Strong, sometimes even weak storms will knock animals out of their homes, and into yours and the surrounding communities.
Humans can get out of a storm’s path — and some animals can sense a storm coming and flee — but there are a lot of animals that simply can’t get out of the way.
During and after a storm, some animals become disoriented and sometimes displaced. So wild animals can pose a danger.
According to Animal Ethics, a public charity, larger wildlife move to avoid floodwaters, and this is when wildlife can start coming into conflict with people and communities.
Instead of interacting with or feeding displaced animals, even if they appear abandoned, it’s better to let them be, as they will typically return to their original habitat.
Keeping these general tips in mind will help you and your family if you encounter a wild animal inside your home or in your communities after a storm:
- Stay a safe distance away from all animals, even if they seem friendly.
- Do not corner an animal. If an animal needs to be removed, call your local animal control authorities. Do not try to catch it yourself.
- If you are bitten by an animal, try to keep track of it. Wash out wounds with soap and water, then go see your doctor immediately. The doctor will let you know if you need to take rabies shots to keep from getting the disease.
- Don't leave garbage or pet food outside. It will attract wild and stray animals. Rats may also be a problem during and after a hurricane. If you must put garbage outside, be sure it is put in sturdy, metal cans with tight-fitting lids.
- Remove any animal carcasses in the area by contacting your local animal control authorities.
Really be on the lookout for snakes, mosquitoes, and other insects as heavy rain and flooding can lead to an increase in the animals in community areas.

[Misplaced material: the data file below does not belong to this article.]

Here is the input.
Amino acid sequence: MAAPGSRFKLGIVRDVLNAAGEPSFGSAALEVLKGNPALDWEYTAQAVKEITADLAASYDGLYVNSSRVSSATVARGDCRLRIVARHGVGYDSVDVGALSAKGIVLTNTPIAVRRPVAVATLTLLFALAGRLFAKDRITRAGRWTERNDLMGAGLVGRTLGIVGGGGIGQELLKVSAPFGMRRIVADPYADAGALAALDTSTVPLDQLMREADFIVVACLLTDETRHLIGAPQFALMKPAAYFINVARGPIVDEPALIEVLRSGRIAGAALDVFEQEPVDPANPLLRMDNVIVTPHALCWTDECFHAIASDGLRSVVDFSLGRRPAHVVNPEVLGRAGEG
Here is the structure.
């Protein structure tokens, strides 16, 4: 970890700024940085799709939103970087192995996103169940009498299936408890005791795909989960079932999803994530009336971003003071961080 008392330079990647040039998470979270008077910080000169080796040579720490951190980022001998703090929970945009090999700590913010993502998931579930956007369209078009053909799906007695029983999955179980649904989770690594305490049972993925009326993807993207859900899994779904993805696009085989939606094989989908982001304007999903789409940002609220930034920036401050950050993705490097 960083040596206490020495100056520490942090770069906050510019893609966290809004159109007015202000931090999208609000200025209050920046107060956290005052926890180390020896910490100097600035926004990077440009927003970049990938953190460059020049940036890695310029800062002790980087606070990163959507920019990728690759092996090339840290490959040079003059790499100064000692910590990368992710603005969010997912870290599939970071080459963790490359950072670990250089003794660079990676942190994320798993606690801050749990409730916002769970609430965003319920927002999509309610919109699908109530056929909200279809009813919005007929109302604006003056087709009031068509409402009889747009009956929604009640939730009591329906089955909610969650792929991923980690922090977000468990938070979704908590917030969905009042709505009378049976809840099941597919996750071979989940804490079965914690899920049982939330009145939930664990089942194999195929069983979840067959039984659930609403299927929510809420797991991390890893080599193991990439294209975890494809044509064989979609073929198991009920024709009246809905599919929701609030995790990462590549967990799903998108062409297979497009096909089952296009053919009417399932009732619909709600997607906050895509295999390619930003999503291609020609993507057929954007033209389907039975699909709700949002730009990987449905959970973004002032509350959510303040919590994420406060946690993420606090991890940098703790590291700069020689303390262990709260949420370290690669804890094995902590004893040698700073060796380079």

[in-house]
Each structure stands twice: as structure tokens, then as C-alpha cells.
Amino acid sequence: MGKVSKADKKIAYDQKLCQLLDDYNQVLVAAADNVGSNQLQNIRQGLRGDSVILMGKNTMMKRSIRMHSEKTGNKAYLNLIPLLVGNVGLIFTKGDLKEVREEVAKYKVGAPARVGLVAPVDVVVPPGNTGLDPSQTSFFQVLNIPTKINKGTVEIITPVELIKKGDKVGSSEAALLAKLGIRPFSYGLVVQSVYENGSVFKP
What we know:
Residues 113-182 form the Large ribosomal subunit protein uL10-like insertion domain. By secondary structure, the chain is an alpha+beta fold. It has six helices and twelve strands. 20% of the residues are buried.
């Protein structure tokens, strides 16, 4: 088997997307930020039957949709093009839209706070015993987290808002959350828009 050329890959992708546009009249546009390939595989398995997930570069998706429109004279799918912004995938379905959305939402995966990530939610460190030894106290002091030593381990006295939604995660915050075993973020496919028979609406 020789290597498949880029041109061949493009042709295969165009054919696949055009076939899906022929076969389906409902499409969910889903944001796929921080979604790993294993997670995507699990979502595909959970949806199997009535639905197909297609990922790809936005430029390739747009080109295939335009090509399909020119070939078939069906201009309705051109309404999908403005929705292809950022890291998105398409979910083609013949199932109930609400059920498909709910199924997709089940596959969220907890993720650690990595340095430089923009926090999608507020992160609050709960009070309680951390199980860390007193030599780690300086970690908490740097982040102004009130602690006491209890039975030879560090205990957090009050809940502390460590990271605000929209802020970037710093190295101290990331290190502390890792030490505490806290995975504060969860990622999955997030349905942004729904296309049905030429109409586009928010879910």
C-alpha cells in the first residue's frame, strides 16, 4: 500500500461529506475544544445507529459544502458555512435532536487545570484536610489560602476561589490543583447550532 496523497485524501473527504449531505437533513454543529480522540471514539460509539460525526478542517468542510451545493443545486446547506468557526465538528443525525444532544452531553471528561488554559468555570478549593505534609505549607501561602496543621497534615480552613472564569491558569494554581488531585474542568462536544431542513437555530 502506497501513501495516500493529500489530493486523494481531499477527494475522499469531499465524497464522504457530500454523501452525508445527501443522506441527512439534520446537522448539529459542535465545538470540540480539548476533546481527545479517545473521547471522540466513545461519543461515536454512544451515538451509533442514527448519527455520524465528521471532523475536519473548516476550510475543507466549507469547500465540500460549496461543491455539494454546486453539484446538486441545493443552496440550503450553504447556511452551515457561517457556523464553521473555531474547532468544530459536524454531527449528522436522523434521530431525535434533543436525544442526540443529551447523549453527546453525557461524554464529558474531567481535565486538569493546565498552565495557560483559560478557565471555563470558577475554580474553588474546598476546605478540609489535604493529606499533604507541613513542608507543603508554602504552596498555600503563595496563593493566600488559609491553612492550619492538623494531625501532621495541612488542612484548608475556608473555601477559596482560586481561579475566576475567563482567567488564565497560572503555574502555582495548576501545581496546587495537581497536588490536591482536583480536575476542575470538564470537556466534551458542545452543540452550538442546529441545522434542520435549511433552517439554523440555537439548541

Snakes tend to seek drier ground after heavy rains and flooding. They can be found swimming in water or hiding under debris, and they should be avoided. The CDC recommends backing away slowly if you see a snake.
In the case of a snake bite, try to remember what the snake looked like. Call 911 or local emergency services, and keep the bitten person calm and still. According to the CDC, they recommend situating a person so their heart remains elevated above the bite wound.
And we may see this a lot in TV shows or movies, but do not cut the wound or try to suck the venom out.
Mosquitos and other insects that appear in the aftermath of a storm will mostly be pests to you. You can ward them off with repellents that contain DEET or Picaridin, wear long sleeves and pants, drain any outdoor standing water, and don’t wear perfume or other scented products.
The CDC says after a disaster, like a hurricane, the number of rats and mice is often reduced. But they can still be attracted to food, water, and shelters such as garbage, dirty dishes, and debris inside your home.
They can spread disease and harm property, so remove any potential sources of food or shelter and wash pans and other kitchen utensils as soon as possible before and after a storm.
Also, if you come across displaced animals that are crowded together in a small area, they risk major outbreaks of disease and parasite infestations, so stay away.
The first priority is to stay safe yourself. Even if you come across an animal that’s injured due to the storm, it’s always recommended to avoid trying to handle an injured animal on your own unless you have had specific training. It’s best to call your local wildlife rescue organization.